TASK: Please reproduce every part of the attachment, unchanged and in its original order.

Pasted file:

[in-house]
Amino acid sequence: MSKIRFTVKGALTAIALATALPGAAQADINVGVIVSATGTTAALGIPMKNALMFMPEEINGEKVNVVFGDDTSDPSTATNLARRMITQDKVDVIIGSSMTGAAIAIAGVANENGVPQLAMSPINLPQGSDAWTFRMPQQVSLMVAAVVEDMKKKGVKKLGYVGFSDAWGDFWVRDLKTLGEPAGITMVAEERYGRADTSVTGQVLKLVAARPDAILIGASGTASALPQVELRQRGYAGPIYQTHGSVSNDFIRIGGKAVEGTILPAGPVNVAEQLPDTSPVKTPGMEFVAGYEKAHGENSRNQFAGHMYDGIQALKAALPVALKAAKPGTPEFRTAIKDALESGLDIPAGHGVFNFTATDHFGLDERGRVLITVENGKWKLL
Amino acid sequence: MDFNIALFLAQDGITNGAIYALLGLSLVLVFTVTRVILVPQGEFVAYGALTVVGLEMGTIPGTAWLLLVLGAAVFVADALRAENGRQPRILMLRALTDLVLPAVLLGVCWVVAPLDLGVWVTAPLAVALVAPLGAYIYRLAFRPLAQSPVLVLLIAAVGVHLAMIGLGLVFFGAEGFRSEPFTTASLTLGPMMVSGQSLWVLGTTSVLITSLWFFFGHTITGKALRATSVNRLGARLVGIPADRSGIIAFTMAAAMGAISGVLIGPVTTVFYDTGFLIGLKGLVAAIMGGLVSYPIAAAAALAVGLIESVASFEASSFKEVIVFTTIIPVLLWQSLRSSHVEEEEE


[in-house]
Amino acid sequence: MSKIRFTVKGALTAIALATALPGAAQADINVGVIVSATGTTAALGIPMKNALMFMPEEINGEKVNVVFGDDTSDPSTATNLARRMITQDKVDVIIGSSMTGAAIAIAGVANENGVPQLAMSPINLPQGSDAWTFRMPQQVSLMVAAVVEDMKKKGVKKLGYVGFSDAWGDFWVRDLKTLGEPAGITMVAEERYGRADTSVTGQVLKLVAARPDAILIGASGTASALPQVELRQRGYAGPIYQTHGSVSNDFIRIGGKAVEGTILPAGPVNVAEQLPDTSPVKTPGMEFVAGYEKAHGENSRNQFAGHMYDGIQALKAALPVALKAAKPGTPEFRTAIKDALESGLDIPAGHGVFNFTATDHFGLDERGRVLITVENGKWKLL
Amino acid sequence: MDFNIALFLAQDGITNGAIYALLGLSLVLVFTVTRVILVPQGEFVAYGALTVVGLEMGTIPGTAWLLLVLGAAVFVADALRAENGRQPRILMLRALTDLVLPAVLLGVCWVVAPLDLGVWVTAPLAVALVAPLGAYIYRLAFRPLAQSPVLVLLIAAVGVHLAMIGLGLVFFGAEGFRSEPFTTASLTLGPMMVSGQSLWVLGTTSVLITSLWFFFGHTITGKALRATSVNRLGARLVGIPADRSGIIAFTMAAAMGAISGVLIGPVTTVFYDTGFLIGLKGLVAAIMGGLVSYPIAAAAALAVGLIESVASFEASSFKEVIVFTTIIPVLLWQSLRSSHVEEEEE